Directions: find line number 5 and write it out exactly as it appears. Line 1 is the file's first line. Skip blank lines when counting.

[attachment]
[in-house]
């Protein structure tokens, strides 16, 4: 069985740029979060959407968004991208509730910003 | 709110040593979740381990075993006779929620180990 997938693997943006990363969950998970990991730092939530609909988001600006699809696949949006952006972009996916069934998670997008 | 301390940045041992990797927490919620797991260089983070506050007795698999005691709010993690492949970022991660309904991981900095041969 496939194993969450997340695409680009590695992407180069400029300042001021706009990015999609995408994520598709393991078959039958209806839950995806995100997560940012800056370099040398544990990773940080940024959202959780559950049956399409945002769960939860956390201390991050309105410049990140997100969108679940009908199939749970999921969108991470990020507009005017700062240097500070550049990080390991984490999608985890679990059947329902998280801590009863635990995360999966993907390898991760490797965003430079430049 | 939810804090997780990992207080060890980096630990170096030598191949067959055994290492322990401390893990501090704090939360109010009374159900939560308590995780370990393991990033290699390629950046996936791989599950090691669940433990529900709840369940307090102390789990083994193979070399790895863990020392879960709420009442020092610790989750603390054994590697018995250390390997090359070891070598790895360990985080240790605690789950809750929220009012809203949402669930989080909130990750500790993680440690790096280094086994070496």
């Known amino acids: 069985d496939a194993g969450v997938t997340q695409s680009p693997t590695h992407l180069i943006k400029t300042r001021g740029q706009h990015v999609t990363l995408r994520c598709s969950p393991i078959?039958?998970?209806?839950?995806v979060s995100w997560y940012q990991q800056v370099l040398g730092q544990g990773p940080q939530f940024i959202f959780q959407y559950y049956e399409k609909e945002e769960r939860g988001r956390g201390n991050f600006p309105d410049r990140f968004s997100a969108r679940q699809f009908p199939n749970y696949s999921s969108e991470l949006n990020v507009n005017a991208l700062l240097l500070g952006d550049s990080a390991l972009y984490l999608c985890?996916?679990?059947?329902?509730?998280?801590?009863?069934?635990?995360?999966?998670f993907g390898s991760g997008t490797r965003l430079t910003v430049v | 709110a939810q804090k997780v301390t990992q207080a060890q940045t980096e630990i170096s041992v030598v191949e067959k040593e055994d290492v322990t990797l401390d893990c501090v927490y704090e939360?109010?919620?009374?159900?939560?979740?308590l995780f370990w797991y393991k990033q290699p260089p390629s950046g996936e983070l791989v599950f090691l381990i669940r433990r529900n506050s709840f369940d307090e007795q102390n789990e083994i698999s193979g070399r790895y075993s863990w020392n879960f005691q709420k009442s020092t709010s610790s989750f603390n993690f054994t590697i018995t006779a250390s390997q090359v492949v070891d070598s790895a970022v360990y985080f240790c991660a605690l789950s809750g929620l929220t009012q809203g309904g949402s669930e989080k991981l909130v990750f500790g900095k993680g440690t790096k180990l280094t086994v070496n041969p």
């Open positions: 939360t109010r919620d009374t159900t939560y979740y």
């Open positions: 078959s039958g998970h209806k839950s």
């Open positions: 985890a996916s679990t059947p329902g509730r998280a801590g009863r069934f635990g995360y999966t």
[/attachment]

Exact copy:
């Open positions: 078959s039958g998970h209806k839950s």